Three Duke professors have joined an international boycott of a leading academic publisher.
Nearly 7,000 researchers across different academic fields have decided to no longer publish, edit or review content for Elsevier, an Amsterdam-based publishing company. A group of 34 mathematicians accused Elsevier and other publishers of exploiting the volunteer labor of mathematicians and other academics in order to generate large profits for the company in a statement last week. The leaders of the boycott—called the “The Cost of Knowledge”—consider the pricing system used by the academic journals to be outdated because efforts by universities and new technologies have decreased the cost of production for the journals.
One of the signers, Ingrid Daubechies, James B. Duke professor of mathematics, is also president of the International Mathematical Union and a member of the National Academy of Sciences. Daubechies joined the protest only as an individual and not on behalf of the IMU.
Daubechies said she is disenchanted with the business practices of the company, which include lobbying Congress to pass the Research Works Act—an act that would prohibit federal agencies from requiring open access to research, even if the research is publicly funded.
“I wanted to express my frustration for an industry which in which the [mathematics] community puts in a lot of volunteer work but doesn’t benefit from,” she said.
The protest stems from a Jan. 21 blog post by Timothy Gowers, professor of mathematics at Cambridge University, who announced that he would no longer publish his papers in any journals published by the company.
Journals produced by Elsevier include “The Lancet,” “Cell,” the reference book “Gray’s Anatomy” and 20,000 other works.
The mathematicians targeted Elsevier because it is the largest major publisher of academic research, Daubechies noted.
Elsevier often practices bundling, in which libraries must purchase entire collections rather than individual articles or journals, said Roy Weintraub, professor of economics and supporter of the boycott. This practice is beneficial to the company but hurts libraries because it forces them to devote more of their budgets to acquiring journals.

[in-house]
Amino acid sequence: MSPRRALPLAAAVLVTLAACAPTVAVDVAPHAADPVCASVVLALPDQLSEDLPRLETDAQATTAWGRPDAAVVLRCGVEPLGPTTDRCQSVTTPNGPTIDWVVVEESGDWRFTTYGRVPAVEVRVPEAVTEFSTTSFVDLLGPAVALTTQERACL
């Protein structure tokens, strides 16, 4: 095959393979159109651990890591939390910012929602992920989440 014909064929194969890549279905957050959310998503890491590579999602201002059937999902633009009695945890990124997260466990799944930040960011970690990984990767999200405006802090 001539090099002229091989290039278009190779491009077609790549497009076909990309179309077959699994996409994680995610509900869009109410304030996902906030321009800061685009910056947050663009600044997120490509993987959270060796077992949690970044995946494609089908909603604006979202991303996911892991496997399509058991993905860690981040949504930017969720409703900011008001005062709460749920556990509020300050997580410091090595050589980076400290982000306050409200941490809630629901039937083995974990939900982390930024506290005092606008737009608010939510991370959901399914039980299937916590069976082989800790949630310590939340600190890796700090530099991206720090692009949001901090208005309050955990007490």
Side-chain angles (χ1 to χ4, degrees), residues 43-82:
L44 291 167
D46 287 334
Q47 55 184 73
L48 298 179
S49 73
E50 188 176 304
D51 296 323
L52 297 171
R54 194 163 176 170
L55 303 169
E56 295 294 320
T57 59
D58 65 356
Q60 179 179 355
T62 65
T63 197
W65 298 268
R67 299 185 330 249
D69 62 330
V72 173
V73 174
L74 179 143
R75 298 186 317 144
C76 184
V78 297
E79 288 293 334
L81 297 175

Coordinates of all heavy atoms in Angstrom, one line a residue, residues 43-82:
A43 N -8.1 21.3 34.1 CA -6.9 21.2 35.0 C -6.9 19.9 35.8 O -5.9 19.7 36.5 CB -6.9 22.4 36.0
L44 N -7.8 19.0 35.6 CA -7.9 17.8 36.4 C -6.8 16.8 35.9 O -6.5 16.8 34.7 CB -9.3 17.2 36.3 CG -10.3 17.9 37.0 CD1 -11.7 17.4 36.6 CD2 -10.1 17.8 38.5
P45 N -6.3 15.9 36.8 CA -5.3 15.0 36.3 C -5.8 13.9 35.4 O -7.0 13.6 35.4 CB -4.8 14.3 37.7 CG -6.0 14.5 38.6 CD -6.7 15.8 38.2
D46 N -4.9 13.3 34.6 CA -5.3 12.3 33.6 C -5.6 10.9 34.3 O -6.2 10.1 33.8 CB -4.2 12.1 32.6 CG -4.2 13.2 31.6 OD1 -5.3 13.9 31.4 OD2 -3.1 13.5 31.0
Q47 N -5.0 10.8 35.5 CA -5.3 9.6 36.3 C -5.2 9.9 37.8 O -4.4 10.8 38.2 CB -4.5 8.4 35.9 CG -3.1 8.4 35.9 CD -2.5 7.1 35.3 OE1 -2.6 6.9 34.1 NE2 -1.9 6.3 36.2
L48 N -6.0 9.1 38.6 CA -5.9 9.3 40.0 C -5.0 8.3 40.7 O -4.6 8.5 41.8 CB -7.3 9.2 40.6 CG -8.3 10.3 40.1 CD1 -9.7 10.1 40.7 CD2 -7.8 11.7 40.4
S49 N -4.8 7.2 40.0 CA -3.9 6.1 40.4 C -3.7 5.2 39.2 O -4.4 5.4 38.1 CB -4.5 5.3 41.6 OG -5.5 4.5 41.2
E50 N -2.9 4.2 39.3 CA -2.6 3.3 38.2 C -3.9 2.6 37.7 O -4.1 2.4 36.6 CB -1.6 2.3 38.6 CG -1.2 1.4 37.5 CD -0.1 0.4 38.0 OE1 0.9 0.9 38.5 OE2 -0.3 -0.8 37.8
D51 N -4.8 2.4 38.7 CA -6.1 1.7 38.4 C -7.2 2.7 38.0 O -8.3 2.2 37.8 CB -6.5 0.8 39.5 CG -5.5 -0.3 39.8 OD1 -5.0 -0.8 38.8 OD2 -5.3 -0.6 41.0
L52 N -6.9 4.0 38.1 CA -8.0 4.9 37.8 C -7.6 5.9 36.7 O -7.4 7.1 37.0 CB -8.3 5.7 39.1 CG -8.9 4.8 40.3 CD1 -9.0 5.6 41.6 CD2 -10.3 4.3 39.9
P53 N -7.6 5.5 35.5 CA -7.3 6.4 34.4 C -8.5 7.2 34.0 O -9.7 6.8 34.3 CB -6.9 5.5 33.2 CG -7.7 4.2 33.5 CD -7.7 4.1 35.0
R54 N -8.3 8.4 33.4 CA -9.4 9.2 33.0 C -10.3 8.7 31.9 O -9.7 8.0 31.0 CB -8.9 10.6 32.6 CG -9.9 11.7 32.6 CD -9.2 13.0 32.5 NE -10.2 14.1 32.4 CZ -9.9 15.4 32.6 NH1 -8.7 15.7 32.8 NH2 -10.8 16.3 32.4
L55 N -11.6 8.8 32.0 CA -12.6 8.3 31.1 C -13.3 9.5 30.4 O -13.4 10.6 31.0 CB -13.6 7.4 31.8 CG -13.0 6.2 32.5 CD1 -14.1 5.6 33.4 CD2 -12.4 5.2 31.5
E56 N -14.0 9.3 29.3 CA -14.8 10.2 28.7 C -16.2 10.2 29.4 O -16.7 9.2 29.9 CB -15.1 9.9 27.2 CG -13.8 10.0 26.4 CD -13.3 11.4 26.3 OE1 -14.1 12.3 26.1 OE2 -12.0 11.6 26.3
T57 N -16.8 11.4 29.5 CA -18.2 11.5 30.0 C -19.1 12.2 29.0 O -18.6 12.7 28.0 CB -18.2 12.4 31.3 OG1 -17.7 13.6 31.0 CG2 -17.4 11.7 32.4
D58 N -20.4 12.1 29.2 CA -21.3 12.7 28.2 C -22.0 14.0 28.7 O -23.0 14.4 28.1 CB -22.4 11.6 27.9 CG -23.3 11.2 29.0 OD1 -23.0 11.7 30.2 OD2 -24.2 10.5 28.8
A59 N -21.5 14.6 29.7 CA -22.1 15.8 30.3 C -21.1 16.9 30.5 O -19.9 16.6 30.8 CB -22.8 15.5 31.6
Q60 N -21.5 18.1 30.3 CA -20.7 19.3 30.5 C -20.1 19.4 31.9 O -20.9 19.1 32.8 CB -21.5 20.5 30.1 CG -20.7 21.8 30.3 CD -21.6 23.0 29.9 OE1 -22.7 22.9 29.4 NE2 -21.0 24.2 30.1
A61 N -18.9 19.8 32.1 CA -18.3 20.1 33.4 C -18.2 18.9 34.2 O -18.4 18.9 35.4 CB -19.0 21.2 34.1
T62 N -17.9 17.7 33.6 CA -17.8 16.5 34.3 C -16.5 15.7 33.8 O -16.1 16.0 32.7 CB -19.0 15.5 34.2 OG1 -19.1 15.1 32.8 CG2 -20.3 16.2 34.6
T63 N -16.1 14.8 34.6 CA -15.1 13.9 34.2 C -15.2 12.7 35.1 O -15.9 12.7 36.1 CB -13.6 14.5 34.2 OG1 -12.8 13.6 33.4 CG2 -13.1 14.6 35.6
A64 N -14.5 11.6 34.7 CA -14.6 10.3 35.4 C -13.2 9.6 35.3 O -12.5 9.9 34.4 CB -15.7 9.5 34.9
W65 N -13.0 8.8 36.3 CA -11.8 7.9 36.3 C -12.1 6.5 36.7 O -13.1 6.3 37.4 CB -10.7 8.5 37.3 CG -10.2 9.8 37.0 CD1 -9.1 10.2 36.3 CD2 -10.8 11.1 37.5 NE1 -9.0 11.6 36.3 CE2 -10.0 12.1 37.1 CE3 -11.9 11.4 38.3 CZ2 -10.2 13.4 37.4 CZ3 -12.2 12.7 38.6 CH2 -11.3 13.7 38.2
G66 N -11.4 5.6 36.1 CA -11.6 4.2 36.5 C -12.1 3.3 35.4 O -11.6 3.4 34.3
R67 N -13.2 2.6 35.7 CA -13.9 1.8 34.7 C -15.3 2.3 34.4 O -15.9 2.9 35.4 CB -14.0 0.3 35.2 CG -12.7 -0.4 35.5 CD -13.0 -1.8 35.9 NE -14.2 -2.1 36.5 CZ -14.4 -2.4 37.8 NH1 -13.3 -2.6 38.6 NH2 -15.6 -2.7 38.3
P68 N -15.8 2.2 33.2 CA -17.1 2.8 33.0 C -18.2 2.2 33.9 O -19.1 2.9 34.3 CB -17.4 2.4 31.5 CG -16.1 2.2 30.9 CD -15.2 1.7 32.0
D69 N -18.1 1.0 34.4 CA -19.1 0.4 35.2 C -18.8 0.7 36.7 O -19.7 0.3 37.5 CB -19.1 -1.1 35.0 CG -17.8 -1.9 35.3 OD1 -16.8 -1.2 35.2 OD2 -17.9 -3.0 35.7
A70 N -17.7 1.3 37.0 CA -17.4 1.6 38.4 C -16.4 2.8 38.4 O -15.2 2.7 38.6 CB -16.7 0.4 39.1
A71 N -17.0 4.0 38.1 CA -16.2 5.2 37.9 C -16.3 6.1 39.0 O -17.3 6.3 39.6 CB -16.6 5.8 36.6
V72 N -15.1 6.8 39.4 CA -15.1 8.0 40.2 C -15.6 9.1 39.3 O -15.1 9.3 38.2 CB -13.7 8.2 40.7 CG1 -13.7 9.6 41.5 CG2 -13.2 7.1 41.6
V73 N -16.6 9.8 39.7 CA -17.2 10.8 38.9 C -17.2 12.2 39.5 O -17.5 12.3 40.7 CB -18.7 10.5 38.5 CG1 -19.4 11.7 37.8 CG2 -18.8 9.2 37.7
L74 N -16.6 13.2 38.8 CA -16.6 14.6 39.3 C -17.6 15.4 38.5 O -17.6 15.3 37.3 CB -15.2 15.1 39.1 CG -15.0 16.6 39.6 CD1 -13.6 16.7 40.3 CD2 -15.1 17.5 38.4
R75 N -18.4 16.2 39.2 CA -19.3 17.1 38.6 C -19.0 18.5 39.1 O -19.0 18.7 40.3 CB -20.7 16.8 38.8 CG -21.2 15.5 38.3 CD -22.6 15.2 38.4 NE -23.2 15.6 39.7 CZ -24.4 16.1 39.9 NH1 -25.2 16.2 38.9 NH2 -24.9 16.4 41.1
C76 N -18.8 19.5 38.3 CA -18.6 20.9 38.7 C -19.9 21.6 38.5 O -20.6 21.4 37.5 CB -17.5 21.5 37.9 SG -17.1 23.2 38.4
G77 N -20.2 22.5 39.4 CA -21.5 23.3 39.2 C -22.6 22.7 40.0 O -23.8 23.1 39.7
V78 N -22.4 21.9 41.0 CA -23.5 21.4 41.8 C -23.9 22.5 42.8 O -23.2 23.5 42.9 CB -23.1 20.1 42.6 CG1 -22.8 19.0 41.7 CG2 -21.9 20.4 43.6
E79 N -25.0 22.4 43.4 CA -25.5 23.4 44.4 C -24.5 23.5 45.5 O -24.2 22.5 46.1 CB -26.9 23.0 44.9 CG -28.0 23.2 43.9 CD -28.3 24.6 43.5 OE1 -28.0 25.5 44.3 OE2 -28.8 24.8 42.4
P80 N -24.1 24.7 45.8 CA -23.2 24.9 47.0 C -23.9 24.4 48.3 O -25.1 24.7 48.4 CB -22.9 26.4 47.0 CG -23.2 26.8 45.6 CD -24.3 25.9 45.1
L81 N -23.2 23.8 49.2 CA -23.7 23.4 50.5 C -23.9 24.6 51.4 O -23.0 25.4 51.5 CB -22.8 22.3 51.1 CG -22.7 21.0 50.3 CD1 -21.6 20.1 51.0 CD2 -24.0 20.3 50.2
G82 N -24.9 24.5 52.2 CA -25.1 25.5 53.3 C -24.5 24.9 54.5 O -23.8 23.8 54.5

“The increase in journal prices has forced libraries to not purchase books, and as one who write books, I find this appalling,” Weintraub said.
The publisher responded to these claims in a letter Feb. 6 that argued that the libraries have the option of purchasing individual articles or subscribing to specific journals.
“[Perkins does] buy a bundle of journals from Elsevier, and they really don’t sell them individually any more or they sell them at more outrageous prices,” said Kevin Smith, director of scholarly communications for Duke Libraries.
Other Duke faculty members and researchers who are also boycotting Elsevier include Laryssa Baldridge, a doctoral candidate in the genetics and genomics program, and Mark Iwen, visiting assistant professor of mathematics.
Smith, who is also a copyright lawyer, noted that Elsevier is not the worst offender in producing extremely expensive journals but said there is still value in the boycott.
“The faculty who write the works are beginning to understand that they need to take control of the rights they have and not simply give them away to companies,” he said.
David Clark, Elseveir’s senior vice president for physics, mathematics, materials sciences, computer sciences and astronomy, could not be reached for comment.
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